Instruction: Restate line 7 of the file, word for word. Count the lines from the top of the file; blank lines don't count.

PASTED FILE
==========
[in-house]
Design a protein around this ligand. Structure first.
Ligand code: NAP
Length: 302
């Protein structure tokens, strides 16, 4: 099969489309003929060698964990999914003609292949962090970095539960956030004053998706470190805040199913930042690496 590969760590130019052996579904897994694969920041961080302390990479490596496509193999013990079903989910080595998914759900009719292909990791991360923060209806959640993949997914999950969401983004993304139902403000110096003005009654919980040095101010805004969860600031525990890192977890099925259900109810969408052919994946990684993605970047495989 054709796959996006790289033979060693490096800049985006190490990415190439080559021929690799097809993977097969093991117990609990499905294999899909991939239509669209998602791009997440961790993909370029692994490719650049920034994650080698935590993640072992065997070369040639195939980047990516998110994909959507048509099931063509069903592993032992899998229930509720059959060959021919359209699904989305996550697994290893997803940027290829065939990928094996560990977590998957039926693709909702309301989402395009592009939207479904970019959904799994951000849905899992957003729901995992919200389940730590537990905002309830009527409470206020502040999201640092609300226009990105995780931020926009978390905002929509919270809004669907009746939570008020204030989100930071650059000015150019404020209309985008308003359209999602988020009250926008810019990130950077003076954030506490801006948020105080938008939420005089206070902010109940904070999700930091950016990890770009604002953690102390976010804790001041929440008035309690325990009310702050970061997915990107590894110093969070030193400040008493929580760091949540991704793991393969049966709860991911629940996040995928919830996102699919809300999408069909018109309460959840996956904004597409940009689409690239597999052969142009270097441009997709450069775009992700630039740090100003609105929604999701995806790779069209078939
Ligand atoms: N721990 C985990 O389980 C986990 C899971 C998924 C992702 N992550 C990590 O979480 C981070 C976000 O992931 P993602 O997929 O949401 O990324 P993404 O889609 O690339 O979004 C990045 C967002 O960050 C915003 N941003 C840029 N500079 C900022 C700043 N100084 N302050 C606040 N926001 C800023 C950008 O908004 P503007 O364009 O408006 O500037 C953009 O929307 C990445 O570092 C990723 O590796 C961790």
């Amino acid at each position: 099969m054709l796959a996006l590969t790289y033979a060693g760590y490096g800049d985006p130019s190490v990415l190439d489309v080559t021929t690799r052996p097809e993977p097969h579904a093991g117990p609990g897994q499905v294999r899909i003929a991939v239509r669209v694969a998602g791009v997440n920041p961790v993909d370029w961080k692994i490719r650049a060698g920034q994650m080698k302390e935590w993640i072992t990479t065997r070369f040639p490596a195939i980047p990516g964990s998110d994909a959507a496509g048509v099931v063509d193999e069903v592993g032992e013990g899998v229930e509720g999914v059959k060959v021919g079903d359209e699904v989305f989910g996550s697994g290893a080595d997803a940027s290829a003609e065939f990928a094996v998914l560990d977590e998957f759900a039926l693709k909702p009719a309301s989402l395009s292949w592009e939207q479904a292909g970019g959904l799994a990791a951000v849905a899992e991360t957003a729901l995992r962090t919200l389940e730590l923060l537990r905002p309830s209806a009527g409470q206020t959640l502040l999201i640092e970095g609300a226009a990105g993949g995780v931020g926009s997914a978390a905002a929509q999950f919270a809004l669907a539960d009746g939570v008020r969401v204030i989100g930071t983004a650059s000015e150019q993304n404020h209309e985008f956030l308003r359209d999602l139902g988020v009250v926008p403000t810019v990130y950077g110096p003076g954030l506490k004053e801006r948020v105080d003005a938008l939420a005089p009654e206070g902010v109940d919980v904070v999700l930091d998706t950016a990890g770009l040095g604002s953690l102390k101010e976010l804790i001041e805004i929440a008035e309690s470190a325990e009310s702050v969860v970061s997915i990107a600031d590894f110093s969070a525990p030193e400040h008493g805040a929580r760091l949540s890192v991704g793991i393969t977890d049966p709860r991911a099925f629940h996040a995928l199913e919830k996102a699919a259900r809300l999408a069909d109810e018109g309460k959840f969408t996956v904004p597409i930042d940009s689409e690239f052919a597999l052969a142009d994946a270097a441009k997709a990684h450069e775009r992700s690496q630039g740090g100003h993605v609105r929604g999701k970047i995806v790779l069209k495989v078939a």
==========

């Amino acid at each position: 099969m054709l796959a996006l590969t790289y033979a060693g760590y490096g800049d985006p130019s190490v990415l190439d489309v080559t021929t690799r052996p097809e993977p097969h579904a093991g117990p609990g897994q499905v294999r899909i003929a991939v239509r669209v694969a998602g791009v997440n920041p961790v993909d370029w961080k692994i490719r650049a060698g920034q994650m080698k302390e935590w993640i072992t990479t065997r070369f040639p490596a195939i980047p990516g964990s998110d994909a959507a496509g048509v099931v063509d193999e069903v592993g032992e013990g899998v229930e509720g999914v059959k060959v021919g079903d359209e699904v989305f989910g996550s697994g290893a080595d997803a940027s290829a003609e065939f990928a094996v998914l560990d977590e998957f759900a039926l693709k909702p009719a309301s989402l395009s292949w592009e939207q479904a292909g970019g959904l799994a990791a951000v849905a899992e991360t957003a729901l995992r962090t919200l389940e730590l923060l537990r905002p309830s209806a009527g409470q206020t959640l502040l999201i640092e970095g609300a226009a990105g993949g995780v931020g926009s997914a978390a905002a929509q999950f919270a809004l669907a539960d009746g939570v008020r969401v204030i989100g930071t983004a650059s000015e150019q993304n404020h209309e985008f956030l308003r359209d999602l139902g988020v009250v926008p403000t810019v990130y950077g110096p003076g954030l506490k004053e801006r948020v105080d003005a938008l939420a005089p009654e206070g902010v109940d919980v904070v999700l930091d998706t950016a990890g770009l040095g604002s953690l102390k101010e976010l804790i001041e805004i929440a008035e309690s470190a325990e009310s702050v969860v970061s997915i990107a600031d590894f110093s969070a525990p030193e400040h008493g805040a929580r760091l949540s890192v991704g793991i393969t977890d049966p709860r991911a099925f629940h996040a995928l199913e919830k996102a699919a259900r809300l999408a069909d109810e018109g309460k959840f969408t996956v904004p597409i930042d940009s689409e690239f052919a597999l052969a142009d994946a270097a441009k997709a990684h450069e775009r992700s690496q630039g740090g100003h993605v609105r929604g999701k970047i995806v790779l069209k495989v078939a």